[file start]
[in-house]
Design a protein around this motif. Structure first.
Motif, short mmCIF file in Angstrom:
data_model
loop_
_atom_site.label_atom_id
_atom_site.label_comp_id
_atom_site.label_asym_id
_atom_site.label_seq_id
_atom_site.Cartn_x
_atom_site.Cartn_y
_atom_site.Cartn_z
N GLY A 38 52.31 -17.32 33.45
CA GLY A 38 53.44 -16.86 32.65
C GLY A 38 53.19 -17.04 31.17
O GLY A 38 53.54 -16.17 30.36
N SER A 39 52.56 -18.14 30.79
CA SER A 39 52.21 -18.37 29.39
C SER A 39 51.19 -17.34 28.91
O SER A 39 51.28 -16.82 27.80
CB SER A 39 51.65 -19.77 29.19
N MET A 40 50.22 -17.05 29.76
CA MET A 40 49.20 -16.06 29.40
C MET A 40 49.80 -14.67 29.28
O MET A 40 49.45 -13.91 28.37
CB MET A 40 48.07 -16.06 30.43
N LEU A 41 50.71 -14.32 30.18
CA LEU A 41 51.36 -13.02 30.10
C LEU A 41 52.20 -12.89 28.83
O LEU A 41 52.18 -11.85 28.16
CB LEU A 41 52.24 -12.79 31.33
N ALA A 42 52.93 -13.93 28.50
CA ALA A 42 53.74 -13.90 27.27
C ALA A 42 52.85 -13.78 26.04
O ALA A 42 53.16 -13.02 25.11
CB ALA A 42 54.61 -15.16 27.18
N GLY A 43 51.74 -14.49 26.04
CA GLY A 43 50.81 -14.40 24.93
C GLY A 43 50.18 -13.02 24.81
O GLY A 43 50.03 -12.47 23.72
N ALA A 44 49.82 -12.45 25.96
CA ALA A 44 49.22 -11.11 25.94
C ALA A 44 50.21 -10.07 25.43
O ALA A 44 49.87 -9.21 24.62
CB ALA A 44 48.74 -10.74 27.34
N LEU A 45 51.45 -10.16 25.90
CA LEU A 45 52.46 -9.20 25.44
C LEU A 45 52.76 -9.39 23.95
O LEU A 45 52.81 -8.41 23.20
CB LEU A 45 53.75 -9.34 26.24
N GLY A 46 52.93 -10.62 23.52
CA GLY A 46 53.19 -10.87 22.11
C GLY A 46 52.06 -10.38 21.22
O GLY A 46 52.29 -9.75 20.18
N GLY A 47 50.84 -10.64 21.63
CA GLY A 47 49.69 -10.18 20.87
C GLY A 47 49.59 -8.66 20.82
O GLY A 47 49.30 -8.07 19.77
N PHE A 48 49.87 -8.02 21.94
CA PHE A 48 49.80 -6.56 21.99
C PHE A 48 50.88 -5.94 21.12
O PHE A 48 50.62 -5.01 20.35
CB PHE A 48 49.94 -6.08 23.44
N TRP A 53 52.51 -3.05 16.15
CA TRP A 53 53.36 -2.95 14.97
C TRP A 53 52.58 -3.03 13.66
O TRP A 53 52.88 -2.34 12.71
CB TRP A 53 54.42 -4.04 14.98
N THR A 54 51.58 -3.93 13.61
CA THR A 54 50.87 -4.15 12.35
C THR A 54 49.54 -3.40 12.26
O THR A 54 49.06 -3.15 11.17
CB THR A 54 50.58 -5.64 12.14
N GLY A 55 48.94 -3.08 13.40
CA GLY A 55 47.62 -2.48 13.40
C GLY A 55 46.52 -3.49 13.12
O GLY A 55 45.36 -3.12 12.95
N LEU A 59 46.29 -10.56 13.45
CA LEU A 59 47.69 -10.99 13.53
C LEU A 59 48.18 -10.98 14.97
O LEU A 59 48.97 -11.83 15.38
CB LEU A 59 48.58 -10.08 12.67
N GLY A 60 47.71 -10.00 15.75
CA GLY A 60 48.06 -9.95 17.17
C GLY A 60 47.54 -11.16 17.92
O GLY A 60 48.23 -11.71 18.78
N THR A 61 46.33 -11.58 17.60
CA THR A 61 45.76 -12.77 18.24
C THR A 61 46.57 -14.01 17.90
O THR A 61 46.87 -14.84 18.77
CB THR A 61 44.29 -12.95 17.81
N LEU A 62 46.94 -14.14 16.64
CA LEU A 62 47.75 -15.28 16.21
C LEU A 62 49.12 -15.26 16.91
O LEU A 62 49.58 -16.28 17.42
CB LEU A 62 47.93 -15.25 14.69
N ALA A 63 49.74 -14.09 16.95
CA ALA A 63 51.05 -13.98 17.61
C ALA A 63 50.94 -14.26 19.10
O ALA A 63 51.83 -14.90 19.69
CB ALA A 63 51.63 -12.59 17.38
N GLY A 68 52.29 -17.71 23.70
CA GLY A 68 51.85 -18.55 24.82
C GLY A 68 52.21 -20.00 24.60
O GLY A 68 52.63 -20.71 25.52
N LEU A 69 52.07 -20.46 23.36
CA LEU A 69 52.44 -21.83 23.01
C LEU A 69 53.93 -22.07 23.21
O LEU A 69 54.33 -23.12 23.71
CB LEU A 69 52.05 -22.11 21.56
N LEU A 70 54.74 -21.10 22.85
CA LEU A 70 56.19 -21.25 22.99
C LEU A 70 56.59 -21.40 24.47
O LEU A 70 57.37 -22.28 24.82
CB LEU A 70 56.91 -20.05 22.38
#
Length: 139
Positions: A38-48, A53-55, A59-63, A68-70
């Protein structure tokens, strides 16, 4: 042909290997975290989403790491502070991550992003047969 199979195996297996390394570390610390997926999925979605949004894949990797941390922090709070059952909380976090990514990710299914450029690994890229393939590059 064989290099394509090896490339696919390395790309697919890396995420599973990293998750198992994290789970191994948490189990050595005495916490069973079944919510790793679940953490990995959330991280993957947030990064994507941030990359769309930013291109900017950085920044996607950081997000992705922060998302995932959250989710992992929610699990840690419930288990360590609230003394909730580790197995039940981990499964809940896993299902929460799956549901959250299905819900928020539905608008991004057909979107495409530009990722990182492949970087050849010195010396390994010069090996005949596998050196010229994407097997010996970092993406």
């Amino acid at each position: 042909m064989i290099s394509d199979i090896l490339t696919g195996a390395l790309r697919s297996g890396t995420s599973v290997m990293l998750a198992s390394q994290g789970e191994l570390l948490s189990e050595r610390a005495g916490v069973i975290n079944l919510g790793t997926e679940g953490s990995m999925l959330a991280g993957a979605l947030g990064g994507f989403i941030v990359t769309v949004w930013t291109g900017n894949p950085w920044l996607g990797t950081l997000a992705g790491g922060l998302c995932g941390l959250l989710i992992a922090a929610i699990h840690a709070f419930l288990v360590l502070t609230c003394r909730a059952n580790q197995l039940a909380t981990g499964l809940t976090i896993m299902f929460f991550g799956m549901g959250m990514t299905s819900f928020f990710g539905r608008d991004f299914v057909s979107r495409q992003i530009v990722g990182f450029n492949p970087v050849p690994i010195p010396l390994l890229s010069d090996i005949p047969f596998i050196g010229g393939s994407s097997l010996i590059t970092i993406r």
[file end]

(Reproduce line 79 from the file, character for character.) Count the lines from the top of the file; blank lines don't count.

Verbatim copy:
CA LEU A 59 47.69 -10.99 13.53